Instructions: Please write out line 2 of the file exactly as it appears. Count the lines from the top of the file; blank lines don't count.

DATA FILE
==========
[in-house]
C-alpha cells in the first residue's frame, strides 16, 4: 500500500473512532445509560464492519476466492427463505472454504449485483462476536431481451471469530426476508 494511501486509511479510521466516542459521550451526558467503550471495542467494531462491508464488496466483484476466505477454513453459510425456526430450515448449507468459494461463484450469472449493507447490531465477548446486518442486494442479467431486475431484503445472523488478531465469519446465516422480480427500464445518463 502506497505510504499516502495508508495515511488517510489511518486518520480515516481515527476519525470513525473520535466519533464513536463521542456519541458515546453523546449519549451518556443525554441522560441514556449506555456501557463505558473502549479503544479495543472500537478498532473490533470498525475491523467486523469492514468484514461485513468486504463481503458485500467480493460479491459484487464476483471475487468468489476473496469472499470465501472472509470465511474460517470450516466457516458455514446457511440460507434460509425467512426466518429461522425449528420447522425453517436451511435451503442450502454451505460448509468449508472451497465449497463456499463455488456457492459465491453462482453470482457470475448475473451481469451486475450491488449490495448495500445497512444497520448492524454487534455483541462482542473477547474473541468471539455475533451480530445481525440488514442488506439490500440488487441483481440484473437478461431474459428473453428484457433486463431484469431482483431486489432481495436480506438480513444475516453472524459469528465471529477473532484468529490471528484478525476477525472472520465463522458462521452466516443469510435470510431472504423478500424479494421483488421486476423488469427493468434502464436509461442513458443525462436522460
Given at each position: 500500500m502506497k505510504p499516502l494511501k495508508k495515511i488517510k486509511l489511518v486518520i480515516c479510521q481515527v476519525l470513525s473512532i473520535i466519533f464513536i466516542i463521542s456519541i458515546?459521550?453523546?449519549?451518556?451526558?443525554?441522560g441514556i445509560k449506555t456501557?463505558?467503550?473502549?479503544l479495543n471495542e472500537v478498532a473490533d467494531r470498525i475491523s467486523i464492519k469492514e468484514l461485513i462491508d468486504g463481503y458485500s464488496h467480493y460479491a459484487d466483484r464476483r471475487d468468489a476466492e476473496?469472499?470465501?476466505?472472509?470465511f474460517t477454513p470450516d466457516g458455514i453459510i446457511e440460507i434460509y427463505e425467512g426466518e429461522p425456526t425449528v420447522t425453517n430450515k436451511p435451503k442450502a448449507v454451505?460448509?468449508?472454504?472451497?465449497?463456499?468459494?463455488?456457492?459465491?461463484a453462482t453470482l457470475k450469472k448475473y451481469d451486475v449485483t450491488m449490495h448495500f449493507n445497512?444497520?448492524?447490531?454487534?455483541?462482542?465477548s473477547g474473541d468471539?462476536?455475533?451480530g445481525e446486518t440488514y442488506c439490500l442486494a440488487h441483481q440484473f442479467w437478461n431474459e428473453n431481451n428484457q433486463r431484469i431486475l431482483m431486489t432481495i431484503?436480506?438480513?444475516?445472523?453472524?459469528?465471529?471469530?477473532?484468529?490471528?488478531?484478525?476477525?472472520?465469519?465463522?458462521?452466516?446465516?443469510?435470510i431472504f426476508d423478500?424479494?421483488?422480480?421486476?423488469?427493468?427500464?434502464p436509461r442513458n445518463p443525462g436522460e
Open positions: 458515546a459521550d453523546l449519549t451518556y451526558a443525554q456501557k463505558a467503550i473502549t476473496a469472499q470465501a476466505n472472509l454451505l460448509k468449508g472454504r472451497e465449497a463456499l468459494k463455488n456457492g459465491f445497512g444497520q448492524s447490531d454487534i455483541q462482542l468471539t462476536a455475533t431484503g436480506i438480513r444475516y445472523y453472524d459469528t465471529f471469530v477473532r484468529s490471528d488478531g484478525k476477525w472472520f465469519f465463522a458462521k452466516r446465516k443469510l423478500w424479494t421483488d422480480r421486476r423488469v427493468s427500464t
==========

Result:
C-alpha cells in the first residue's frame, strides 16, 4: 500500500473512532445509560464492519476466492427463505472454504449485483462476536431481451471469530426476508 494511501486509511479510521466516542459521550451526558467503550471495542467494531462491508464488496466483484476466505477454513453459510425456526430450515448449507468459494461463484450469472449493507447490531465477548446486518442486494442479467431486475431484503445472523488478531465469519446465516422480480427500464445518463 502506497505510504499516502495508508495515511488517510489511518486518520480515516481515527476519525470513525473520535466519533464513536463521542456519541458515546453523546449519549451518556443525554441522560441514556449506555456501557463505558473502549479503544479495543472500537478498532473490533470498525475491523467486523469492514468484514461485513468486504463481503458485500467480493460479491459484487464476483471475487468468489476473496469472499470465501472472509470465511474460517470450516466457516458455514446457511440460507434460509425467512426466518429461522425449528420447522425453517436451511435451503442450502454451505460448509468449508472451497465449497463456499463455488456457492459465491453462482453470482457470475448475473451481469451486475450491488449490495448495500445497512444497520448492524454487534455483541462482542473477547474473541468471539455475533451480530445481525440488514442488506439490500440488487441483481440484473437478461431474459428473453428484457433486463431484469431482483431486489432481495436480506438480513444475516453472524459469528465471529477473532484468529490471528484478525476477525472472520465463522458462521452466516443469510435470510431472504423478500424479494421483488421486476423488469427493468434502464436509461442513458443525462436522460